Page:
tactile interest to our programming. I have recently written an article about
when people may no longer be appropriate for art making (see below)…Remember
it’s not one size fits all.
Here are some suggestions
for getting started:
- Work one to one if
you can. Sitting across from or next to your resident while facing
them will offer a connection and provide that necessary relationship for
conversation (even if one-sided) and perhaps hand-over-hand assistance with the
sensory materials. Keeping close helps ensure items do not go into the
- Find a quiet space away
from all of the distractions. If you choose to use music, you can select quiet
soothing music in the background or perhaps play various types of music
to encourage mirroring motions between your resident’s movements and the
- Do not focus on the
outcome…Just appreciate the moment and promote autonomy as much as you can. Always allow the resident to make even the simplest choices if they are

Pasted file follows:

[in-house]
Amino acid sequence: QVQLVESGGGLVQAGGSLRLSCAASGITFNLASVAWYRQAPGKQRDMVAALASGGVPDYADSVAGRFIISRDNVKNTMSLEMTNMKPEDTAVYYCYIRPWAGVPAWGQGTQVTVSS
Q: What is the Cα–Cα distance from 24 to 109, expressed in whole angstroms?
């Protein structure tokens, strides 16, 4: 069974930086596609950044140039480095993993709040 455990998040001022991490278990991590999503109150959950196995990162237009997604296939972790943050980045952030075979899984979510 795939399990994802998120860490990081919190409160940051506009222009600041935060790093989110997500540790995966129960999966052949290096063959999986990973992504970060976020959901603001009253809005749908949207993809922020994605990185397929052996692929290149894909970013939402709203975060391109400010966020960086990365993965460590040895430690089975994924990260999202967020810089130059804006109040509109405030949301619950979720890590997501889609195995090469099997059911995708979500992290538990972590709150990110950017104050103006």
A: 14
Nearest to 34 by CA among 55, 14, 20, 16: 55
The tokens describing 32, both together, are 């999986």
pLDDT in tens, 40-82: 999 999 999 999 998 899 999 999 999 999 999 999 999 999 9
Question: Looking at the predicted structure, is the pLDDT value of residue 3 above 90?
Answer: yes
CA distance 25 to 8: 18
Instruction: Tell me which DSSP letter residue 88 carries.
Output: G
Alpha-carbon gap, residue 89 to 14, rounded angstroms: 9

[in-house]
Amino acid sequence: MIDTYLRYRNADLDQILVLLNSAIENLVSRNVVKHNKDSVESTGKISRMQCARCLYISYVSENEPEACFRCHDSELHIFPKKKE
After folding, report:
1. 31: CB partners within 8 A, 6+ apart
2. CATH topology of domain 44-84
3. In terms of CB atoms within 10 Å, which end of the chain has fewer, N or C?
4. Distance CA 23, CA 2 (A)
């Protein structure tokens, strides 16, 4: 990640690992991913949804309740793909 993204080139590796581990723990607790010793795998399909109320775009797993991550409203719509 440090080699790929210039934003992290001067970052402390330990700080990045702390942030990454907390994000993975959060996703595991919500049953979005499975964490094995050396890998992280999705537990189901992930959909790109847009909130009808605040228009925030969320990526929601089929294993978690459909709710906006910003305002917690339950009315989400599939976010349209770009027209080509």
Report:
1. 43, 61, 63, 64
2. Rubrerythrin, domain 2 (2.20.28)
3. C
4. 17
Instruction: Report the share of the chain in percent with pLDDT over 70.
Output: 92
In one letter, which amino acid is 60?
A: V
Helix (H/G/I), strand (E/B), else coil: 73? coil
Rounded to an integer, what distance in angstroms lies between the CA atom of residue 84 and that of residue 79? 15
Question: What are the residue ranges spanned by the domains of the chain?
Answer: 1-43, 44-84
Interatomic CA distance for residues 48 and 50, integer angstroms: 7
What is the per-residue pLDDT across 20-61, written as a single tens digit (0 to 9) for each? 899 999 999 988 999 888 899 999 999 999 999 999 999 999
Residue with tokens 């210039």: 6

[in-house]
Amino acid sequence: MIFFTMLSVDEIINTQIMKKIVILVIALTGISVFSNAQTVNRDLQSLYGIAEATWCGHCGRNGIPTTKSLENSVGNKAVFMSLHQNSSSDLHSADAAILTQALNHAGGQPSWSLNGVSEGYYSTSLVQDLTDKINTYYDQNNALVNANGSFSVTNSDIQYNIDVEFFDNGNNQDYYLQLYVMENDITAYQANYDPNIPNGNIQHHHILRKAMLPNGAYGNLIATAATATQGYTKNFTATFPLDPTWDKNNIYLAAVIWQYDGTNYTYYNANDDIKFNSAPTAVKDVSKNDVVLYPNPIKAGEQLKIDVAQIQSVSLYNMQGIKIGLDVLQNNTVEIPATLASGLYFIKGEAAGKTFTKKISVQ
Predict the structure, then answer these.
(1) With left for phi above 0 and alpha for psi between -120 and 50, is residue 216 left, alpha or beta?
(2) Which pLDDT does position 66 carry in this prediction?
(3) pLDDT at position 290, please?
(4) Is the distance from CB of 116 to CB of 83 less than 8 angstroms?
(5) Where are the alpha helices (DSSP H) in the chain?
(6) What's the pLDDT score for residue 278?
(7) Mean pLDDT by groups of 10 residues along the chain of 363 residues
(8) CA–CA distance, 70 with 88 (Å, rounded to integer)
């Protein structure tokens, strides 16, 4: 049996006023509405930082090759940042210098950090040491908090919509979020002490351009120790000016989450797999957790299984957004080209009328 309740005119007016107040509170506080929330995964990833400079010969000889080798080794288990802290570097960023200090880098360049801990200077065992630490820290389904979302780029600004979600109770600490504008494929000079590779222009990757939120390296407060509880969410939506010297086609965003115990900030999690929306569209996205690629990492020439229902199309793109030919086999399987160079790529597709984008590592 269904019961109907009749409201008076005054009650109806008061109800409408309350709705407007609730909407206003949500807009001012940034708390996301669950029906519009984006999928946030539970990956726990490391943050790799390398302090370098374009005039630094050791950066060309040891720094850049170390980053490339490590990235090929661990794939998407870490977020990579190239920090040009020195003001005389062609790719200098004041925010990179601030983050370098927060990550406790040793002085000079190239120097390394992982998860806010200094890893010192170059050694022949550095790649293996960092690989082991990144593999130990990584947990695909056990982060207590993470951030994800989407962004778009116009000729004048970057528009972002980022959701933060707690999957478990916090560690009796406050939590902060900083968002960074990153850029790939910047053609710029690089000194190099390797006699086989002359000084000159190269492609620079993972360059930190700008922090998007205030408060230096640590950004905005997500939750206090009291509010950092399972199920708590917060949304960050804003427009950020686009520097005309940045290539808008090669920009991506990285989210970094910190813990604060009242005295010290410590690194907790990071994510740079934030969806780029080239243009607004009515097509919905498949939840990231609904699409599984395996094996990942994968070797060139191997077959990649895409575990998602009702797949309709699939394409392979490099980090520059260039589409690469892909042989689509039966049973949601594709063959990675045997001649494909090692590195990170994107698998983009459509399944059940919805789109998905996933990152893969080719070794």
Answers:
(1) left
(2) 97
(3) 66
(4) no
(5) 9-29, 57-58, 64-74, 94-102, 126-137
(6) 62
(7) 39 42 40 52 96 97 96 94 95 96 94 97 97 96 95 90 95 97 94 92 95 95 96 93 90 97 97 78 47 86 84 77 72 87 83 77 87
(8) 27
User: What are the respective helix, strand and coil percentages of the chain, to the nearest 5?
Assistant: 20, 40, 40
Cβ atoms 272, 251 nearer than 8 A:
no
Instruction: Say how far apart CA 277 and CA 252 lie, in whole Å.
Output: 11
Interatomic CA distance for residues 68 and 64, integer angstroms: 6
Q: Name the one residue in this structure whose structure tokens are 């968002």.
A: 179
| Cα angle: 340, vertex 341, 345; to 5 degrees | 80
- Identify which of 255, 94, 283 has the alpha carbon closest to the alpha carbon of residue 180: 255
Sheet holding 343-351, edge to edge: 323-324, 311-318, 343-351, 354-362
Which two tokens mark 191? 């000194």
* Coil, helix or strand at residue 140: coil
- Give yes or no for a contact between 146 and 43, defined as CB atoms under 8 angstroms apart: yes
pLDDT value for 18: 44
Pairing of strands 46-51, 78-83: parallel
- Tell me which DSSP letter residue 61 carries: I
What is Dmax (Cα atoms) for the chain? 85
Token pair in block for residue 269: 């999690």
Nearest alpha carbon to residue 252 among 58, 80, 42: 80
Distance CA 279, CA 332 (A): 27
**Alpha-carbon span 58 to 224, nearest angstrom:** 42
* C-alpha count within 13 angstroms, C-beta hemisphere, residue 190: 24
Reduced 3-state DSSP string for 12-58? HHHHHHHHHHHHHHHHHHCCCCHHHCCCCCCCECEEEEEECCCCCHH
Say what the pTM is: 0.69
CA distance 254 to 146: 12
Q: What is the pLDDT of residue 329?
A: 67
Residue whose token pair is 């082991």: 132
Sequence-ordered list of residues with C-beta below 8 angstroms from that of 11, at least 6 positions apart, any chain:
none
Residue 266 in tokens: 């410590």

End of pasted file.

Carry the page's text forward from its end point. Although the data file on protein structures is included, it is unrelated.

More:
- Remember…These are Adults!
It is often easy to fall into the trap of using children’s materials but be very
mindful that you keep it age appropriate. (more on this later)
Here are some ideas for
simple, inexpensive creative materials that are sensory in
People often ask me about
finger paints and edible materials like pudding paint. I don’t use them. I know
people may not like to hear this. I personally feel it is too childlike and of
course very regressive. Also, many seniors especially when they are living with
moderate dementia, can have an aversion to “dirty hands”. If a resident asks
for it, well of course that’s different. And as always, document all your
Here is a project you can do
instead: Marbeling Paint in a Bag. Get a gallon or larger
size ziplock bag. Let your resident pick out some colors (if they can). You
squeeze in several colors and then zip closed. I then use painter’s tape to hold
it down to the table. Let them press and make designs in the bag. It is fun to
watch the colors start to mix and it has such a fun squishy feel! (see
Play-Doh. Again, I don’t use